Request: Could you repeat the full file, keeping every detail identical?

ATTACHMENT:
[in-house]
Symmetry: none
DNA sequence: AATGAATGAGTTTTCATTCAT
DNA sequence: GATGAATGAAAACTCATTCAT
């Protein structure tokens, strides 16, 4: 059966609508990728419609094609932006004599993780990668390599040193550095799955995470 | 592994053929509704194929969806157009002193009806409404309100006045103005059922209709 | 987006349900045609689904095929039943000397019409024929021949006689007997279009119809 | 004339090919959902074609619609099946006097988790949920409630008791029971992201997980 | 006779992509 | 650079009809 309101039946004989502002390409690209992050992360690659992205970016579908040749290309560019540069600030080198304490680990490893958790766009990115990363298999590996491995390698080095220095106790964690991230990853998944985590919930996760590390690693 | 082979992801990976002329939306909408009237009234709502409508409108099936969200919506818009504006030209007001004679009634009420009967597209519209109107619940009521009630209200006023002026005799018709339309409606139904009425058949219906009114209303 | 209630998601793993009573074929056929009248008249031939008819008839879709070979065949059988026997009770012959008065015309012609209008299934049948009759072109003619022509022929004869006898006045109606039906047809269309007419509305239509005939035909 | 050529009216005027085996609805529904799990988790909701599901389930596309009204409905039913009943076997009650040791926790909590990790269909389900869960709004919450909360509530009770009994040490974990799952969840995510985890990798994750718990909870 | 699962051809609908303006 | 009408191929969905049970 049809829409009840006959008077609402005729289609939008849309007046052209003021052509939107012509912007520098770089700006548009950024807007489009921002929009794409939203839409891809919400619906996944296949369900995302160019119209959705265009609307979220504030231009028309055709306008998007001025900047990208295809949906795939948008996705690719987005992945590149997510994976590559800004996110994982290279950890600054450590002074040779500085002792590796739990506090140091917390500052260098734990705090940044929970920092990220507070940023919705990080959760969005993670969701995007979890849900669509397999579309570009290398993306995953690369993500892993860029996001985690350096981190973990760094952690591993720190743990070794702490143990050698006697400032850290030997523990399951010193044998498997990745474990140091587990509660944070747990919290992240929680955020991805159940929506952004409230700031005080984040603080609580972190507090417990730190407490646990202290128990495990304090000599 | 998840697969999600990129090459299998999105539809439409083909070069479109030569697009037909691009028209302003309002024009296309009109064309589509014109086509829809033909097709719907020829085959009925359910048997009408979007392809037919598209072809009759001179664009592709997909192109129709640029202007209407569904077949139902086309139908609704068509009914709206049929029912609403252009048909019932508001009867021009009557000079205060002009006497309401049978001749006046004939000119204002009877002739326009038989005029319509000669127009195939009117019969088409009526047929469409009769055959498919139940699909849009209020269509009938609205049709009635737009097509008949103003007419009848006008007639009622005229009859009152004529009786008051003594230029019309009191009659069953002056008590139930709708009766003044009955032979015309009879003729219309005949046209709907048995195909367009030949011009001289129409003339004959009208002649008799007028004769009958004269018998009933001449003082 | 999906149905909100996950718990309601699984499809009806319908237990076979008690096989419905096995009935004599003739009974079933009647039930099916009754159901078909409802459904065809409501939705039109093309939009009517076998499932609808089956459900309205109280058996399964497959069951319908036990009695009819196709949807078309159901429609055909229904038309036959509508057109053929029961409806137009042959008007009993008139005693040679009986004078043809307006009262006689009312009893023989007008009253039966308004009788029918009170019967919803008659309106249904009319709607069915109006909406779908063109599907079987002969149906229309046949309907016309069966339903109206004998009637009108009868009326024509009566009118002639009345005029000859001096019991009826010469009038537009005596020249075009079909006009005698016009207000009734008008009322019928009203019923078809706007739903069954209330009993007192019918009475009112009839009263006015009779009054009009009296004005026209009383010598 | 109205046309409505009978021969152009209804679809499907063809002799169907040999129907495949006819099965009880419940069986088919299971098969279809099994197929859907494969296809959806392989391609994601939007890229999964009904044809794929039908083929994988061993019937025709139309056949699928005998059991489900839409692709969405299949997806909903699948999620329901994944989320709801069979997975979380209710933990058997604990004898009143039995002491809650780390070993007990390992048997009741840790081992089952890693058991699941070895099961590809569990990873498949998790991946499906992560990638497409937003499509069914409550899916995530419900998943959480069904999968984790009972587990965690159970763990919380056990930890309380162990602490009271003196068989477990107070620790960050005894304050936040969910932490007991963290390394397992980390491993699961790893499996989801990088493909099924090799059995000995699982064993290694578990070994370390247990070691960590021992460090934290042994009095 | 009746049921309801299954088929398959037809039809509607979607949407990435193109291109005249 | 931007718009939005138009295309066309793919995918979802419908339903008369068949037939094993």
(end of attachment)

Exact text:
[in-house]
Symmetry: none
DNA sequence: AATGAATGAGTTTTCATTCAT
DNA sequence: GATGAATGAAAACTCATTCAT
């Protein structure tokens, strides 16, 4: 059966609508990728419609094609932006004599993780990668390599040193550095799955995470 | 592994053929509704194929969806157009002193009806409404309100006045103005059922209709 | 987006349900045609689904095929039943000397019409024929021949006689007997279009119809 | 004339090919959902074609619609099946006097988790949920409630008791029971992201997980 | 006779992509 | 650079009809 309101039946004989502002390409690209992050992360690659992205970016579908040749290309560019540069600030080198304490680990490893958790766009990115990363298999590996491995390698080095220095106790964690991230990853998944985590919930996760590390690693 | 082979992801990976002329939306909408009237009234709502409508409108099936969200919506818009504006030209007001004679009634009420009967597209519209109107619940009521009630209200006023002026005799018709339309409606139904009425058949219906009114209303 | 209630998601793993009573074929056929009248008249031939008819008839879709070979065949059988026997009770012959008065015309012609209008299934049948009759072109003619022509022929004869006898006045109606039906047809269309007419509305239509005939035909 | 050529009216005027085996609805529904799990988790909701599901389930596309009204409905039913009943076997009650040791926790909590990790269909389900869960709004919450909360509530009770009994040490974990799952969840995510985890990798994750718990909870 | 699962051809609908303006 | 009408191929969905049970 049809829409009840006959008077609402005729289609939008849309007046052209003021052509939107012509912007520098770089700006548009950024807007489009921002929009794409939203839409891809919400619906996944296949369900995302160019119209959705265009609307979220504030231009028309055709306008998007001025900047990208295809949906795939948008996705690719987005992945590149997510994976590559800004996110994982290279950890600054450590002074040779500085002792590796739990506090140091917390500052260098734990705090940044929970920092990220507070940023919705990080959760969005993670969701995007979890849900669509397999579309570009290398993306995953690369993500892993860029996001985690350096981190973990760094952690591993720190743990070794702490143990050698006697400032850290030997523990399951010193044998498997990745474990140091587990509660944070747990919290992240929680955020991805159940929506952004409230700031005080984040603080609580972190507090417990730190407490646990202290128990495990304090000599 | 998840697969999600990129090459299998999105539809439409083909070069479109030569697009037909691009028209302003309002024009296309009109064309589509014109086509829809033909097709719907020829085959009925359910048997009408979007392809037919598209072809009759001179664009592709997909192109129709640029202007209407569904077949139902086309139908609704068509009914709206049929029912609403252009048909019932508001009867021009009557000079205060002009006497309401049978001749006046004939000119204002009877002739326009038989005029319509000669127009195939009117019969088409009526047929469409009769055959498919139940699909849009209020269509009938609205049709009635737009097509008949103003007419009848006008007639009622005229009859009152004529009786008051003594230029019309009191009659069953002056008590139930709708009766003044009955032979015309009879003729219309005949046209709907048995195909367009030949011009001289129409003339004959009208002649008799007028004769009958004269018998009933001449003082 | 999906149905909100996950718990309601699984499809009806319908237990076979008690096989419905096995009935004599003739009974079933009647039930099916009754159901078909409802459904065809409501939705039109093309939009009517076998499932609808089956459900309205109280058996399964497959069951319908036990009695009819196709949807078309159901429609055909229904038309036959509508057109053929029961409806137009042959008007009993008139005693040679009986004078043809307006009262006689009312009893023989007008009253039966308004009788029918009170019967919803008659309106249904009319709607069915109006909406779908063109599907079987002969149906229309046949309907016309069966339903109206004998009637009108009868009326024509009566009118002639009345005029000859001096019991009826010469009038537009005596020249075009079909006009005698016009207000009734008008009322019928009203019923078809706007739903069954209330009993007192019918009475009112009839009263006015009779009054009009009296004005026209009383010598 | 109205046309409505009978021969152009209804679809499907063809002799169907040999129907495949006819099965009880419940069986088919299971098969279809099994197929859907494969296809959806392989391609994601939007890229999964009904044809794929039908083929994988061993019937025709139309056949699928005998059991489900839409692709969405299949997806909903699948999620329901994944989320709801069979997975979380209710933990058997604990004898009143039995002491809650780390070993007990390992048997009741840790081992089952890693058991699941070895099961590809569990990873498949998790991946499906992560990638497409937003499509069914409550899916995530419900998943959480069904999968984790009972587990965690159970763990919380056990930890309380162990602490009271003196068989477990107070620790960050005894304050936040969910932490007991963290390394397992980390491993699961790893499996989801990088493909099924090799059995000995699982064993290694578990070994370390247990070691960590021992460090934290042994009095 | 009746049921309801299954088929398959037809039809509607979607949407990435193109291109005249 | 931007718009939005138009295309066309793919995918979802419908339903008369068949037939094993």